Outer Flower, 57

Rizal the Red Witch

“Let’s start again.” she looked at him with guileless candor. A babe in arms would have appeared more dangerous. “”My name is Rizla the Red Witch.”

“Rizla the Red Witch,” he repeated.

Elymas didn’t look up. His head was swimming. At that moment, had he been given a choice, he would have welcomed the awful shadows, embraced the women with the boar’s heads, plunged willingly into the serpent-filled waters. The evening, which had begun so promisingly, was turning into a nightmare. If this woman was who she said she was, and he had no choice but to believe her, pitting his power against hers was like carrying a candle in the wind. He cleared his throat.

“What interest could one of your exalted position have in me?”

“None personally. You are a worm.”

“I am,” he agreed.

“But your plans interest the Master.”

“The Master?” Elymas examined his arms, relieved to see there were no cuts on his skin. “I know no master; I have no plans.”

Suddenly her demeanor changed. “I’ve said you are a worm. Do not become a fool as well.”

Elymas considered. “Very well. I have plans but they center around the city of Casoria and are so humble that–“

Suddenly, he was caught in a vise so tight he couldn’t breathe. Elymas got the horrifying impression that he was collapsing inward without the ability to scream. If he’d had one small doubt concerning her identity, he had none now.

“Admit the truth or die. The choice is yours.”

He heard her voice from afar, garbled as though it were coming through water, yet somehow managed to nod. The pain left him shaking, and he collapsed on the floor. Even if she ordered him to rise, he wouldn’t be able.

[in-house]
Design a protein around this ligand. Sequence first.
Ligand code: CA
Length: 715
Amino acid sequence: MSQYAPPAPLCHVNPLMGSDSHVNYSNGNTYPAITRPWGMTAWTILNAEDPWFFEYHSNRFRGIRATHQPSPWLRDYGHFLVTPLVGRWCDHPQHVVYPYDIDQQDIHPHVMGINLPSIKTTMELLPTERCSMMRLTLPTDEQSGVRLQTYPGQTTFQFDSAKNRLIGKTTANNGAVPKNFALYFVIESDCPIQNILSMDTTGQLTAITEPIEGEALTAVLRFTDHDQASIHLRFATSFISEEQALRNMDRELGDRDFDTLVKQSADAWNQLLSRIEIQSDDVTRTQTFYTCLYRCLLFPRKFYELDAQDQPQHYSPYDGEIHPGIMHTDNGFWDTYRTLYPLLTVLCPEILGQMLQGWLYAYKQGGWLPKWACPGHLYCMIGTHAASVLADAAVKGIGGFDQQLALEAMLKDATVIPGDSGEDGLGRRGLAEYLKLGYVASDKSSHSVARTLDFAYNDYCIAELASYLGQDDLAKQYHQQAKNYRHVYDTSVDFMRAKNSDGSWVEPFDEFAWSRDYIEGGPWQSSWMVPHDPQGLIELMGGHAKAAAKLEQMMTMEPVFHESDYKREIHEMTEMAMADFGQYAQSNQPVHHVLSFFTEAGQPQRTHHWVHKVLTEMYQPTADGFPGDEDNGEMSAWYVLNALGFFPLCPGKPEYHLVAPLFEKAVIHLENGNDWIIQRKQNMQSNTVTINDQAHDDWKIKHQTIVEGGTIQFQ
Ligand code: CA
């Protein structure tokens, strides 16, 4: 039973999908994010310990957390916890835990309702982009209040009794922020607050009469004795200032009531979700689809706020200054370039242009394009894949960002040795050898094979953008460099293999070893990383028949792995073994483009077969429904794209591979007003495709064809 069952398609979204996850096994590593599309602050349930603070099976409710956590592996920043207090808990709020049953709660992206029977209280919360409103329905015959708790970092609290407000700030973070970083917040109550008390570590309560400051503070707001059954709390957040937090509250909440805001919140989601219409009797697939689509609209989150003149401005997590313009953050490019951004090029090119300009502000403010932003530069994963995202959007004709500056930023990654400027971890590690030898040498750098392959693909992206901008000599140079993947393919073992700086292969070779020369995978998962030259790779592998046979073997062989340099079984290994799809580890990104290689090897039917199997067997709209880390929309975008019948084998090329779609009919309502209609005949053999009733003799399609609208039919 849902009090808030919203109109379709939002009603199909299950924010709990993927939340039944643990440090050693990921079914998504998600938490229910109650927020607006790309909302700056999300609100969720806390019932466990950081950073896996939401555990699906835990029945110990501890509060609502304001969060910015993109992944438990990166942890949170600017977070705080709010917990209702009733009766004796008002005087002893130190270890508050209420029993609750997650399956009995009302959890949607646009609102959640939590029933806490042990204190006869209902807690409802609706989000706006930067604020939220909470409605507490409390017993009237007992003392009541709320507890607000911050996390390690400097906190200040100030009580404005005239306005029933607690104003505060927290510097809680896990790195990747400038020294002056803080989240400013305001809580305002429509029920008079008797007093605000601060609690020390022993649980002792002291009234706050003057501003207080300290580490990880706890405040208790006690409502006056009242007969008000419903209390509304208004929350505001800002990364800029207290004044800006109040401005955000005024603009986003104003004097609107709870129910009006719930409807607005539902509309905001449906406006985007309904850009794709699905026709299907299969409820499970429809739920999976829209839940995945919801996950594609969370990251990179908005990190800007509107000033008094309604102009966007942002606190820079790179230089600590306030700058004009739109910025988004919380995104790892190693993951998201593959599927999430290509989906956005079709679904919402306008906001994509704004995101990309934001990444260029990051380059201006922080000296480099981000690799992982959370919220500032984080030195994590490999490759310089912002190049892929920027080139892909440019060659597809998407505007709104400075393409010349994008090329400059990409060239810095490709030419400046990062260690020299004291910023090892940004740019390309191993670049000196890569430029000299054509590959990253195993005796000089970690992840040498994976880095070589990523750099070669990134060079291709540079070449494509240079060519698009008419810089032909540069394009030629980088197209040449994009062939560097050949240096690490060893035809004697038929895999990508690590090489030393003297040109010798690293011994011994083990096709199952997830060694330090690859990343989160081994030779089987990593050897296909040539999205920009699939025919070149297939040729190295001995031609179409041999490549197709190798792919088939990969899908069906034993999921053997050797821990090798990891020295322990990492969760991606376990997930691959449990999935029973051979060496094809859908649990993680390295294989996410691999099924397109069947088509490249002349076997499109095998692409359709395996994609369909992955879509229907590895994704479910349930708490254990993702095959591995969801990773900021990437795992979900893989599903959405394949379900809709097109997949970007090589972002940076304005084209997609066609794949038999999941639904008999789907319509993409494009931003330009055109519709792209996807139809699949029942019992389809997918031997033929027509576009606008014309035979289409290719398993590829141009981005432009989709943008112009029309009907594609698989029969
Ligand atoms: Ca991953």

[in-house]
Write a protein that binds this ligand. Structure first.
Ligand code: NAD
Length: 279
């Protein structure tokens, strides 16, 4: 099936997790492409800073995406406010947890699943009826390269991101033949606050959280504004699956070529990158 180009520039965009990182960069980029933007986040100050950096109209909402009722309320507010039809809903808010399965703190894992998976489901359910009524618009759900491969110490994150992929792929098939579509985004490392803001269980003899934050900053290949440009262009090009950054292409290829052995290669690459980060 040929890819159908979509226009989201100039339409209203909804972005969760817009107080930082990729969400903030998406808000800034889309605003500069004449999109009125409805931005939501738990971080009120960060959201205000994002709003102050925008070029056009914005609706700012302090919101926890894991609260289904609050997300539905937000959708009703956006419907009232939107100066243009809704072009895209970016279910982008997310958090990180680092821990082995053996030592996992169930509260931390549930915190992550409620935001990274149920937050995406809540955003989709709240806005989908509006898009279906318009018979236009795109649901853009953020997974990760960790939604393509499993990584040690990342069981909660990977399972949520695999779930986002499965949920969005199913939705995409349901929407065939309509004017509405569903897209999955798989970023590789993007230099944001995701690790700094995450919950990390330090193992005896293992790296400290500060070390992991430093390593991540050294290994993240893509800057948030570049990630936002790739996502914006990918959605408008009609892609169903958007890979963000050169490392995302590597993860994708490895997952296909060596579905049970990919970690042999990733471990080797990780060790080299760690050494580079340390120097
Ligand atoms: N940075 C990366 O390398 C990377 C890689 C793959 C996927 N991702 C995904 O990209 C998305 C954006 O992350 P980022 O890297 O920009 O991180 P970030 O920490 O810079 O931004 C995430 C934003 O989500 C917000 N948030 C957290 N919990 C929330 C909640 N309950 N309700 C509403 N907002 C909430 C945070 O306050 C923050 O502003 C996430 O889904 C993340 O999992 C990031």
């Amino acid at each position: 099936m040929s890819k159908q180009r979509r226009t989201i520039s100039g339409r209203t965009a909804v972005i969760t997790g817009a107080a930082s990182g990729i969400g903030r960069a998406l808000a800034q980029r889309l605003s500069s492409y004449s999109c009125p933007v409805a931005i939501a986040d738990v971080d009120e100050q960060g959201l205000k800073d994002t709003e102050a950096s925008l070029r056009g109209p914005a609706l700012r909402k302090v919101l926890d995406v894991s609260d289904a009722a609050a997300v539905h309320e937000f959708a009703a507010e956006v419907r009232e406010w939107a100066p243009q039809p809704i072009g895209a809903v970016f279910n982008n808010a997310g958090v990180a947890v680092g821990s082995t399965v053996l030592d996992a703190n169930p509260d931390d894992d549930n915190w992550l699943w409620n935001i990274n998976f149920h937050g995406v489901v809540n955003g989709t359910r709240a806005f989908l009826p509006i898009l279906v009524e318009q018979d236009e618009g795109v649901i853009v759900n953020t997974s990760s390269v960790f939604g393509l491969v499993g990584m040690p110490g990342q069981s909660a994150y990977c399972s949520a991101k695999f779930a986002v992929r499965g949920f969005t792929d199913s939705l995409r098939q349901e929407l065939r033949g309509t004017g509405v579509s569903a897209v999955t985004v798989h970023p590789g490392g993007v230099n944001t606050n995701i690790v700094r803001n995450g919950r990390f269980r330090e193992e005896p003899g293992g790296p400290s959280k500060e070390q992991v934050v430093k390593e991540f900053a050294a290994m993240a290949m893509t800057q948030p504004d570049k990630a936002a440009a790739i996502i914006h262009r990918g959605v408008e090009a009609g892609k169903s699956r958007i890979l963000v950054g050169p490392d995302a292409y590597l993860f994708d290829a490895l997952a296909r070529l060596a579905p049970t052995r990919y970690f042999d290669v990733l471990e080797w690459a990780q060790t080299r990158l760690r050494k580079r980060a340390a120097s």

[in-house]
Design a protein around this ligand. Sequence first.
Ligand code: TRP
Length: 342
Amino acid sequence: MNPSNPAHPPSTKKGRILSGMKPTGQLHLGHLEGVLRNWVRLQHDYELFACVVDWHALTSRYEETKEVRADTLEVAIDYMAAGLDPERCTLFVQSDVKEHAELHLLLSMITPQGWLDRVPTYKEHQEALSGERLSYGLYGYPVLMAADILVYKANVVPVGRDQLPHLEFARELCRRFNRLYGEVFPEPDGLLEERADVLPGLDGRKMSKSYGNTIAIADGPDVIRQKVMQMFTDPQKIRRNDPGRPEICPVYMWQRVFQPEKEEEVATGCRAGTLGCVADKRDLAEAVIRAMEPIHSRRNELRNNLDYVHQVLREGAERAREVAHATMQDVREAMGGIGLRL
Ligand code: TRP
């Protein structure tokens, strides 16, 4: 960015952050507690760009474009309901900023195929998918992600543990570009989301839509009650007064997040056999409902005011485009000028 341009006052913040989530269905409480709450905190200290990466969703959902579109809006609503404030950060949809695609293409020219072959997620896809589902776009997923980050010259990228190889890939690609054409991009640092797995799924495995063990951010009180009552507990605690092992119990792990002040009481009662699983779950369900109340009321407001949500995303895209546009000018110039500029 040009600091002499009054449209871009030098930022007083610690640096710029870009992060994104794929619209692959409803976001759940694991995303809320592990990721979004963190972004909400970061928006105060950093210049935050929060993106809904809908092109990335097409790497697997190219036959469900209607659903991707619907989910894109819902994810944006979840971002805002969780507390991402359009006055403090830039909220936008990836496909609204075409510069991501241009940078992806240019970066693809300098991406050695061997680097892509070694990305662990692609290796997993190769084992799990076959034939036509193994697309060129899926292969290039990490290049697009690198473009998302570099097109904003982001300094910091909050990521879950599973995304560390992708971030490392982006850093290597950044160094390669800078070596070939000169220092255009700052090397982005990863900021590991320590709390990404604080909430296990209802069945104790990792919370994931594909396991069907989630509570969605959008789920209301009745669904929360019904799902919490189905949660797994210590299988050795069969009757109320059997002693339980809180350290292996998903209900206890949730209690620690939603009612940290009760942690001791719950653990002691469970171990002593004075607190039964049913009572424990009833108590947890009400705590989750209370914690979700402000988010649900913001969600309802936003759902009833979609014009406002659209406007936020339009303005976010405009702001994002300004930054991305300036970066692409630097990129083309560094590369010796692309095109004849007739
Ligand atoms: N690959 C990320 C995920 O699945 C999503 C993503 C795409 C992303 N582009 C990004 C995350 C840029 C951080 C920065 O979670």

“It is true I’ve poisoned the King, but only for the sake of Casoria. William was foolish enough to listen to a filthy messenger sent by some old fool in the hills and I–“

“If I put the vise to you again,” observed Rizla thoughtfully, “it would probably kill you. Even so, I am tempted. Now, listen. The Shautu is not the only one who reads the stars; the Tuel reads them, too. The Hunter spoke the truth. A new earth skyll has been born, and as for the Axis–“

“I am the Axis!” interrupted Elymas, unable to stop himself. “My star was misread at birth!”

“I sent a lie so large that I told my servant, Suga, It may be impossible for him to swallow, but we both watched as you did.” She snapped her fingers. “It is no longer useful for that delusion to continue. You are not, nor were you ever, the Axis.” Anger and contempt flared in his eyes; he wondered how he’d ever likened her to a child. “I won’t bother convincing you of that. If you whine or blunder, I’ll use the homunculus in your stead.”

Elymas closed his mouth with a snap.

“These things you would have learned in an orderly fashion, with the Master in perfect control, had you not tried to murder the King. For that presumption, there will be consequences.” Rizla darted a quick tongue over her lips. “The Tuel will exact a price.”

“The Tuel?” he asked weakly. “The Tuel is the Master?”

“Of course. Who else would I be referring to? Elyon?” She seemed ready to strike him for making her say the word. “Yes, the Tuel will exact a price.”

“But I am innocent!”

“Innocence.” Rizla lifted on perfectly arched brow. “Tell me of innocence. I have forgotten.”

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